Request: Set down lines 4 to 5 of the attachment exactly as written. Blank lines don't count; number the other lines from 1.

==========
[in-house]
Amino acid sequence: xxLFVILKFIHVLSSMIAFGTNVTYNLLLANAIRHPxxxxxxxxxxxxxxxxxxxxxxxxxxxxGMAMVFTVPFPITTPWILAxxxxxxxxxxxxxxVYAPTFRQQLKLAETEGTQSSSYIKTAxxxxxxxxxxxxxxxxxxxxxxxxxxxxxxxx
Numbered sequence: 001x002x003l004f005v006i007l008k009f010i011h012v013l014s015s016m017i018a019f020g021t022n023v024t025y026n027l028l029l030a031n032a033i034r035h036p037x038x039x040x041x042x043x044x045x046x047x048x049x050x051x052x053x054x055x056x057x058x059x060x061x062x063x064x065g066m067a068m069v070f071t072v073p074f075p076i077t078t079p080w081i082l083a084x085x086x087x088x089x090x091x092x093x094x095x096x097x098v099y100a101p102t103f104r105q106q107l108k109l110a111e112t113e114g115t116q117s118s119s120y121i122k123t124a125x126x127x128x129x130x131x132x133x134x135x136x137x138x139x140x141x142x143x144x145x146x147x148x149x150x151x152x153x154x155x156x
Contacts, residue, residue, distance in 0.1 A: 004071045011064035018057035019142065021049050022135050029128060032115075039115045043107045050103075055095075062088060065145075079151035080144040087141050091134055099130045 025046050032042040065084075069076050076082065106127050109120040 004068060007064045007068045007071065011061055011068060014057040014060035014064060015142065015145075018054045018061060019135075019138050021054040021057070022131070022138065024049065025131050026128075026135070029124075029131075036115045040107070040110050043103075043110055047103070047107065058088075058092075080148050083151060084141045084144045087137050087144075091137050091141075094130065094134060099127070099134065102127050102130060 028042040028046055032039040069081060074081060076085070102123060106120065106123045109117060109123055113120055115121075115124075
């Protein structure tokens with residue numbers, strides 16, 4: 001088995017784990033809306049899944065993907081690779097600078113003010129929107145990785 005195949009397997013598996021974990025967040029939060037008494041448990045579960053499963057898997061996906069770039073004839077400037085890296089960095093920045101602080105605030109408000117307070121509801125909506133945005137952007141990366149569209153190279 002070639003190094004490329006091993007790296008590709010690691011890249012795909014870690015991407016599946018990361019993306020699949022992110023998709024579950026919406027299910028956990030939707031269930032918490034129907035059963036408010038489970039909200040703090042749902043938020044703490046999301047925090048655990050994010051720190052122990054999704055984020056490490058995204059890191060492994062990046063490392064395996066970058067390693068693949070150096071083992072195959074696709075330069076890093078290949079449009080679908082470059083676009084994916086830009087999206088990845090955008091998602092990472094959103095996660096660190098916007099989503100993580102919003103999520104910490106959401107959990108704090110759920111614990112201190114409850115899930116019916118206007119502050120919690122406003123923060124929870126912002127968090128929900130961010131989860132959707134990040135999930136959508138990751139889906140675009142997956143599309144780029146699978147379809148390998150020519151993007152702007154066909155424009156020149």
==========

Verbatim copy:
Contacts, residue, residue, distance in 0.1 A: 004071045011064035018057035019142065021049050022135050029128060032115075039115045043107045050103075055095075062088060065145075079151035080144040087141050091134055099130045 025046050032042040065084075069076050076082065106127050109120040 004068060007064045007068045007071065011061055011068060014057040014060035014064060015142065015145075018054045018061060019135075019138050021054040021057070022131070022138065024049065025131050026128075026135070029124075029131075036115045040107070040110050043103075043110055047103070047107065058088075058092075080148050083151060084141045084144045087137050087144075091137050091141075094130065094134060099127070099134065102127050102130060 028042040028046055032039040069081060074081060076085070102123060106120065106123045109117060109123055113120055115121075115124075
């Protein structure tokens with residue numbers, strides 16, 4: 001088995017784990033809306049899944065993907081690779097600078113003010129929107145990785 005195949009397997013598996021974990025967040029939060037008494041448990045579960053499963057898997061996906069770039073004839077400037085890296089960095093920045101602080105605030109408000117307070121509801125909506133945005137952007141990366149569209153190279 002070639003190094004490329006091993007790296008590709010690691011890249012795909014870690015991407016599946018990361019993306020699949022992110023998709024579950026919406027299910028956990030939707031269930032918490034129907035059963036408010038489970039909200040703090042749902043938020044703490046999301047925090048655990050994010051720190052122990054999704055984020056490490058995204059890191060492994062990046063490392064395996066970058067390693068693949070150096071083992072195959074696709075330069076890093078290949079449009080679908082470059083676009084994916086830009087999206088990845090955008091998602092990472094959103095996660096660190098916007099989503100993580102919003103999520104910490106959401107959990108704090110759920111614990112201190114409850115899930116019916118206007119502050120919690122406003123923060124929870126912002127968090128929900130961010131989860132959707134990040135999930136959508138990751139889906140675009142997956143599309144780029146699978147379809148390998150020519151993007152702007154066909155424009156020149």